OTTAWA – The opposition Conservatives are demanding that the Liberal justice minister give back the money from a Toronto fundraiser last week.
Jody Wilson-Raybould attended the $500-a-head evening with lawyers at Torys LLP, a prominent Bay Street law firm.
Wilson-Raybould says she cleared it beforehand with federal conflict of interest and ethics commissioner Mary Dawson, and was there in her capacity as an ordinary MP, not a cabinet minister.
“What we talked about was Canadian politics, being involved in politics and ensuring that everybody has the ability to have their views heard,” she said Monday in the House of Commons.
Alberta Conservatives Blaine Calkins and Michael Cooper, however, weren’t satisfied.
“Does the justice minister really expect Canadians to believe that high-priced Ontario lawyers paid 500 bucks a plate to meet with the member for Vancouver Granville?” Calkins asked during question period.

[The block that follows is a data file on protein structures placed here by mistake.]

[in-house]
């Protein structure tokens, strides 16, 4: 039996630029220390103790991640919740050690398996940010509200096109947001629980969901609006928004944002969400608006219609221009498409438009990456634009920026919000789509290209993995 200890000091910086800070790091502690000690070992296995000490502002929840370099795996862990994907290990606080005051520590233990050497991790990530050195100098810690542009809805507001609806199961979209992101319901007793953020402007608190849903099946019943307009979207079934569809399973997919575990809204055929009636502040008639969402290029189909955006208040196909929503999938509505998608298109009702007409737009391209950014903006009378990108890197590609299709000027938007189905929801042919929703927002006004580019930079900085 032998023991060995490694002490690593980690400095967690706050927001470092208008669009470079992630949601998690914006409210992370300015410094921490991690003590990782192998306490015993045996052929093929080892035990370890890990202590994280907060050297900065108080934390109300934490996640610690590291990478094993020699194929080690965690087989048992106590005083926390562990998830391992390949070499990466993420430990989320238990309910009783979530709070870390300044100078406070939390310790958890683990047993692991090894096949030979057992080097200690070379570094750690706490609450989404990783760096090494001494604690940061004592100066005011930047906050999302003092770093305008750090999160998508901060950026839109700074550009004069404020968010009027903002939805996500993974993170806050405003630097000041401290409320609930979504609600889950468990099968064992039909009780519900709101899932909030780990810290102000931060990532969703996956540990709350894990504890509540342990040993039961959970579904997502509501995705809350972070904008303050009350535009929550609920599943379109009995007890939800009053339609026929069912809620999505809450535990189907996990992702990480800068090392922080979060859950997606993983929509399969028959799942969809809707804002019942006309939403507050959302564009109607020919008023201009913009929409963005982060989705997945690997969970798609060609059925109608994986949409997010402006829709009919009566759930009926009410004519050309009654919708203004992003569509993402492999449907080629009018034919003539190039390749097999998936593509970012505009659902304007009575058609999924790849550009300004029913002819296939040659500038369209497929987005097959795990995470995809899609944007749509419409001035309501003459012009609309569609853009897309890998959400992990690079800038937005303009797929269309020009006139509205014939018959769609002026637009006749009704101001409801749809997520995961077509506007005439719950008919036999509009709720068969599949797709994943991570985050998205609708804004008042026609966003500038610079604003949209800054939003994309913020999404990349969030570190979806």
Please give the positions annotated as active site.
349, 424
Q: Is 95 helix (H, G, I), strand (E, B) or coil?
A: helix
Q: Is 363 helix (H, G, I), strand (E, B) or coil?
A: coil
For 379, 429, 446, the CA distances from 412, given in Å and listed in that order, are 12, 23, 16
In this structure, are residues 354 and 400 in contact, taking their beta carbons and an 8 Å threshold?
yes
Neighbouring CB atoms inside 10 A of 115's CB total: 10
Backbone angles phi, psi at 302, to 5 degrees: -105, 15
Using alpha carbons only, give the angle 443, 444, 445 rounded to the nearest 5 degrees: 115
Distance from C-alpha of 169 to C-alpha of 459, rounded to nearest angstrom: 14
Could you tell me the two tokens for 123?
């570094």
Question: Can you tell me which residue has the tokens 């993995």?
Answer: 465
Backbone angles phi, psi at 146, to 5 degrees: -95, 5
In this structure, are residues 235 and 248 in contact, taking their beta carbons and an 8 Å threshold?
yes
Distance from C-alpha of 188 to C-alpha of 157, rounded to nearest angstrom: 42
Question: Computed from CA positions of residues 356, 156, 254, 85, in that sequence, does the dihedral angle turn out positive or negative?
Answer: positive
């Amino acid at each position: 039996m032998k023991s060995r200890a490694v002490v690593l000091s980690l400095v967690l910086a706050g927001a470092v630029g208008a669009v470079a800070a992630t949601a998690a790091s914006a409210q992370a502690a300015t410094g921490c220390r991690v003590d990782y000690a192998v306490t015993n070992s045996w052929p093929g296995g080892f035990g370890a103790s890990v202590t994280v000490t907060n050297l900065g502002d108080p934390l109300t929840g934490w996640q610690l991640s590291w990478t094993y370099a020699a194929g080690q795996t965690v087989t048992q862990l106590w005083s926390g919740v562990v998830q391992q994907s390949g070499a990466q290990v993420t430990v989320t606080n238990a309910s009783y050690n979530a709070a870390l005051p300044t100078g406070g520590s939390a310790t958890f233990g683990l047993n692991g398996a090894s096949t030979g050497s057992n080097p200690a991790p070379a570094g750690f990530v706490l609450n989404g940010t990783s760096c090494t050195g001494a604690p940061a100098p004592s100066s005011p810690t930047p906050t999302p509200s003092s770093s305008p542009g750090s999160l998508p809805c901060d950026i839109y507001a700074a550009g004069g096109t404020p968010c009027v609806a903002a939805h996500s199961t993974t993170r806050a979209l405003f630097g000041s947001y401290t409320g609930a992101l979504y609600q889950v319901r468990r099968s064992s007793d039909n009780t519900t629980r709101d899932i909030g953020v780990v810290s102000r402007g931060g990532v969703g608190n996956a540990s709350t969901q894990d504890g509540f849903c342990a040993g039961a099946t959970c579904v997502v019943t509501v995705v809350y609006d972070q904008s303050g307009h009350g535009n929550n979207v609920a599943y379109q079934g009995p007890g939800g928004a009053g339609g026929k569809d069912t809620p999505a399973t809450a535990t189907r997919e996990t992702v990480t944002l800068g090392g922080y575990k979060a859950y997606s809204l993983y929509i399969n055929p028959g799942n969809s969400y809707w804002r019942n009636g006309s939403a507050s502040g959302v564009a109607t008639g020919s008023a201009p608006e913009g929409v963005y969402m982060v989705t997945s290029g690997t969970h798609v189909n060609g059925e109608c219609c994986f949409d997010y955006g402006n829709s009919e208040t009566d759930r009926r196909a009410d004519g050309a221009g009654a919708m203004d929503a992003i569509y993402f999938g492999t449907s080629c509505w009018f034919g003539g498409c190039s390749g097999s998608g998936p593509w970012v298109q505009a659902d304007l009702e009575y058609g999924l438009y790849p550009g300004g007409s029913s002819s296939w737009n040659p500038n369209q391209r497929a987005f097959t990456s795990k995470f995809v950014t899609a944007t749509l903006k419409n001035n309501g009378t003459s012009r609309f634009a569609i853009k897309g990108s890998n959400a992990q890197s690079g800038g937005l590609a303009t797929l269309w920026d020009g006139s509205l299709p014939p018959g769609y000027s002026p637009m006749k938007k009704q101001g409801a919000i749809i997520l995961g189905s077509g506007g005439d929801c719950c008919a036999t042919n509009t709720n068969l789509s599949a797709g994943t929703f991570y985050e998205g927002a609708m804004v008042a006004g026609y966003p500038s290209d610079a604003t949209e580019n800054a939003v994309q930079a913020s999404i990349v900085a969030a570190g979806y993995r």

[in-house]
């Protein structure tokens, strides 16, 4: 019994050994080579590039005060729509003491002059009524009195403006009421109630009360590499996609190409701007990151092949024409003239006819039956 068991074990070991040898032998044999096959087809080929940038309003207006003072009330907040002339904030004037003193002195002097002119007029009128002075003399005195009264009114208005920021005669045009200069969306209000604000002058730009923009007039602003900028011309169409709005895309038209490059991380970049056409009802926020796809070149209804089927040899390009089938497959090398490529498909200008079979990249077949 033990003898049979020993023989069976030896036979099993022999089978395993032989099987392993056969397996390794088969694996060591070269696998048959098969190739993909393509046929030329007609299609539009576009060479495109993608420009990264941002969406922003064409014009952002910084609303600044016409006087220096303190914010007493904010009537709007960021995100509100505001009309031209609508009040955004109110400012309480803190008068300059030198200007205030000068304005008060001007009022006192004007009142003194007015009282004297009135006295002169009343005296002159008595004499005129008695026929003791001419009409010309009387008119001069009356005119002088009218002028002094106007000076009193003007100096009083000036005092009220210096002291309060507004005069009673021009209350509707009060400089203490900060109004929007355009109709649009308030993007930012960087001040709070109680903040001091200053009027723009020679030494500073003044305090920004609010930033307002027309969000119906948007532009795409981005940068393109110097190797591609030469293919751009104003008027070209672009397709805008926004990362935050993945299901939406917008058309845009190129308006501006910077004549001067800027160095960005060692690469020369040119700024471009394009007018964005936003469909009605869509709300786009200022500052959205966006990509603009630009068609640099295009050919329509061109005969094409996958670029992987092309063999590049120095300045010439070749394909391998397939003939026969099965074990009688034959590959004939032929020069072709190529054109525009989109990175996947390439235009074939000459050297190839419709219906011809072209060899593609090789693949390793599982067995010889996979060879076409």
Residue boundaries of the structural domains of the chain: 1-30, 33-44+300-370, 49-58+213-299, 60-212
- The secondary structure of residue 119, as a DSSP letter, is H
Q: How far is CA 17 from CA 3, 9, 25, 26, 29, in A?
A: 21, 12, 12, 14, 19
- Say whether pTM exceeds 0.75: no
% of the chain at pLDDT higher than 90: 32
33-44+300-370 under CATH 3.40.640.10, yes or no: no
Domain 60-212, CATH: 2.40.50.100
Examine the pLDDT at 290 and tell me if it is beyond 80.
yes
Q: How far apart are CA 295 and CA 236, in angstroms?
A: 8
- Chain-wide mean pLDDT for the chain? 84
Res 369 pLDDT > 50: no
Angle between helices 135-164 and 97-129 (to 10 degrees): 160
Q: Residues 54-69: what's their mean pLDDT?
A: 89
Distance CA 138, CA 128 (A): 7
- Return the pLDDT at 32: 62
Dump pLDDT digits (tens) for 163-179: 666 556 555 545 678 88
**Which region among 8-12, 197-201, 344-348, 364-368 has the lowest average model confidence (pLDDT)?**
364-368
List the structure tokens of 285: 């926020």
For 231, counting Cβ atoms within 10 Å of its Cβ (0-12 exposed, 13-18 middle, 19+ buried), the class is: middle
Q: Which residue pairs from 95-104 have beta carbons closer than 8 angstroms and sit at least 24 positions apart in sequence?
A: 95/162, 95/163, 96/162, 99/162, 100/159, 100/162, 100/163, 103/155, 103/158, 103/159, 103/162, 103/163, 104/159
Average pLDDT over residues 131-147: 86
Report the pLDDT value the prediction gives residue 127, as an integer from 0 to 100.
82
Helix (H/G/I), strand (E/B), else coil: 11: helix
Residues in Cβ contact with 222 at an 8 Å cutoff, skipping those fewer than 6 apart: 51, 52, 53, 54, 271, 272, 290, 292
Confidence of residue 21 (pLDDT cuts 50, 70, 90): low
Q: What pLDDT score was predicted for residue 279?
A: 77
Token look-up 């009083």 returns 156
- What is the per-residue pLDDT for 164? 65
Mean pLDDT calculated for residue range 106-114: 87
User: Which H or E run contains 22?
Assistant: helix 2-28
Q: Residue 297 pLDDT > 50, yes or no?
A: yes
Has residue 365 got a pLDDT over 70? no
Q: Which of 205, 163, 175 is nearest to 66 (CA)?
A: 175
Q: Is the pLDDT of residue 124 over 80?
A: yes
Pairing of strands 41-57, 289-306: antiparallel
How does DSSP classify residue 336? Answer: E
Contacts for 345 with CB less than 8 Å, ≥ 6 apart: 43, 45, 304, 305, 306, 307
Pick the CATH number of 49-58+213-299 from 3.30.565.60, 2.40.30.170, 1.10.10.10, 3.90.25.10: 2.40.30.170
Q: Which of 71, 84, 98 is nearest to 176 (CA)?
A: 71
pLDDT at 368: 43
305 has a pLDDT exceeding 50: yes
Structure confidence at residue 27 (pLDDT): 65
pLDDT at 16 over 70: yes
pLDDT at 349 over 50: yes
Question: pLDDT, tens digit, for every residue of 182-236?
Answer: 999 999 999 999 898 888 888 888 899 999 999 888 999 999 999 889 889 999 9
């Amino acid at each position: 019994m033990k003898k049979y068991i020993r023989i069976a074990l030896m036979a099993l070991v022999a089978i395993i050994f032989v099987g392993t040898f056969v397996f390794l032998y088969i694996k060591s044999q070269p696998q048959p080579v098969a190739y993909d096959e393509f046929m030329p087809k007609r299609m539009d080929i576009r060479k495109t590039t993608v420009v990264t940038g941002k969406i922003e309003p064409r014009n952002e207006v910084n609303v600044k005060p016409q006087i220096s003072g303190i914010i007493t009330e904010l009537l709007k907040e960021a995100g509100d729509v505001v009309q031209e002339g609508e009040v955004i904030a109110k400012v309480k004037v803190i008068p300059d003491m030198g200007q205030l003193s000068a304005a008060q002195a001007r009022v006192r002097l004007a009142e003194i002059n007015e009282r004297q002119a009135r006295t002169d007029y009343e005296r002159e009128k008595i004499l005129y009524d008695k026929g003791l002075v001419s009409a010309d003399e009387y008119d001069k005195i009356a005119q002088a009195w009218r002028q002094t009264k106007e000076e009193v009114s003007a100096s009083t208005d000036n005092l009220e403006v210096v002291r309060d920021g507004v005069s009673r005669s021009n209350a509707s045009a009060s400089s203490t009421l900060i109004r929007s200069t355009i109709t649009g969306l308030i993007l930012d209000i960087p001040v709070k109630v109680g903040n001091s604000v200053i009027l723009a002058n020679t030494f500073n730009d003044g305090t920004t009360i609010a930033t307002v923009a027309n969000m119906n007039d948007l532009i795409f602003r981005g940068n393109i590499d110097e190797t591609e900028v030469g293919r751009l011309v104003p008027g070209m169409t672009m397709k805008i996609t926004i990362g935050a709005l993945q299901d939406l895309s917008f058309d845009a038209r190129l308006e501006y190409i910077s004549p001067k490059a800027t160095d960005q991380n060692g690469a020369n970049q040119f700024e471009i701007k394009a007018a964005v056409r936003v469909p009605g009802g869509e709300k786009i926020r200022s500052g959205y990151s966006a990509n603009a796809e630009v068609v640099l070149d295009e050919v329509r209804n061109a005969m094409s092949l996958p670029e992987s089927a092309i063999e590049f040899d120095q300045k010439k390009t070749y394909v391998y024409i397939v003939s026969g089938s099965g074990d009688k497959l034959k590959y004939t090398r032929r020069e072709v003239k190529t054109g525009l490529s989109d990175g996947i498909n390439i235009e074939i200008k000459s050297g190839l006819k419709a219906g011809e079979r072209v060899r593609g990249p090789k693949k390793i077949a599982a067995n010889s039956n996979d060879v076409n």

Cooper called it a “sordid” affair.
“Last week, the minister attended a pay-to-play fundraiser in which attendees were invited to pay in return for access to the minister,” he said.
“The minister of justice has a duty not only to be independent, but to be perceived as independent.”
Wilson-Raybould said every MP takes part in fundraising.
“I take my ethical responsibilities incredibly seriously,” she said, adding that she would never put herself in a conflict of interest.
Cooper urged her to apologize and “return to pay-to-play cash.”
Government House leader Romeo LeBlanc defended the minister, describing the fundraiser as legitimate and the Conservative attacks as “feigned indignation.”
“The Liberal party raises money in accordance with the principles of the Canada Elections Act,” LeBlanc said.
Cooper demanded to see the guest list from the soiree. Leblanc reminded him that donations are reported publicly every quarter.
When the Liberals were in opposition, they went after such potential conflicts.
In January 2014, Ralph Goodale, then deputy Liberal leader and now minister of public safety, accused Conservative heritage minister Shelley Glover of crossing the line with a Winnipeg fundraiser that included arts community stakeholders.
Goodale said the money should be repaid and Glover ended up not accepting the donations.